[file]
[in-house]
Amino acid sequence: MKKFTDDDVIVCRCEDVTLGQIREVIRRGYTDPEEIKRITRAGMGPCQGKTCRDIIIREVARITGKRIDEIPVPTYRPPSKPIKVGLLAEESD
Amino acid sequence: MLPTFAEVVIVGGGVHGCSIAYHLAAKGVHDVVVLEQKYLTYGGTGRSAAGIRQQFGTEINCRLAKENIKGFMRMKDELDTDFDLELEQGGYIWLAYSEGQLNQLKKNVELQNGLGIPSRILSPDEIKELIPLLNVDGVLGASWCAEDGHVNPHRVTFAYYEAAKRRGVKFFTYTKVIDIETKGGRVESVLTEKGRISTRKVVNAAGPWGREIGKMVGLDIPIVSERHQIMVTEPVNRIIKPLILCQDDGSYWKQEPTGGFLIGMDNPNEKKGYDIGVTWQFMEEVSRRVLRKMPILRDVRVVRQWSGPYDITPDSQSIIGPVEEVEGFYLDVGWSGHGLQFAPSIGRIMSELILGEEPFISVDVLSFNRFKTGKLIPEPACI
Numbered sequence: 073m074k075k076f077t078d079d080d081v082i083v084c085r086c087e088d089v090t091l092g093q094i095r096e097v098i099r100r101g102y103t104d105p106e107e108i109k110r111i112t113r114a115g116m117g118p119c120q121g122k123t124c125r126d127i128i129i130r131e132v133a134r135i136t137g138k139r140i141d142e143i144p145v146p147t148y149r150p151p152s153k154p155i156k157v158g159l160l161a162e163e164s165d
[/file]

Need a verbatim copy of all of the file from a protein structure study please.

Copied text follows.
[in-house]
Amino acid sequence: MKKFTDDDVIVCRCEDVTLGQIREVIRRGYTDPEEIKRITRAGMGPCQGKTCRDIIIREVARITGKRIDEIPVPTYRPPSKPIKVGLLAEESD
Amino acid sequence: MLPTFAEVVIVGGGVHGCSIAYHLAAKGVHDVVVLEQKYLTYGGTGRSAAGIRQQFGTEINCRLAKENIKGFMRMKDELDTDFDLELEQGGYIWLAYSEGQLNQLKKNVELQNGLGIPSRILSPDEIKELIPLLNVDGVLGASWCAEDGHVNPHRVTFAYYEAAKRRGVKFFTYTKVIDIETKGGRVESVLTEKGRISTRKVVNAAGPWGREIGKMVGLDIPIVSERHQIMVTEPVNRIIKPLILCQDDGSYWKQEPTGGFLIGMDNPNEKKGYDIGVTWQFMEEVSRRVLRKMPILRDVRVVRQWSGPYDITPDSQSIIGPVEEVEGFYLDVGWSGHGLQFAPSIGRIMSELILGEEPFISVDVLSFNRFKTGKLIPEPACI
Numbered sequence: 073m074k075k076f077t078d079d080d081v082i083v084c085r086c087e088d089v090t091l092g093q094i095r096e097v098i099r100r101g102y103t104d105p106e107e108i109k110r111i112t113r114a115g116m117g118p119c120q121g122k123t124c125r126d127i128i129i130r131e132v133a134r135i136t137g138k139r140i141d142e143i144p145v146p147t148y149r150p151p152s153k154p155i156k157v158g159l160l161a162e163e164s165d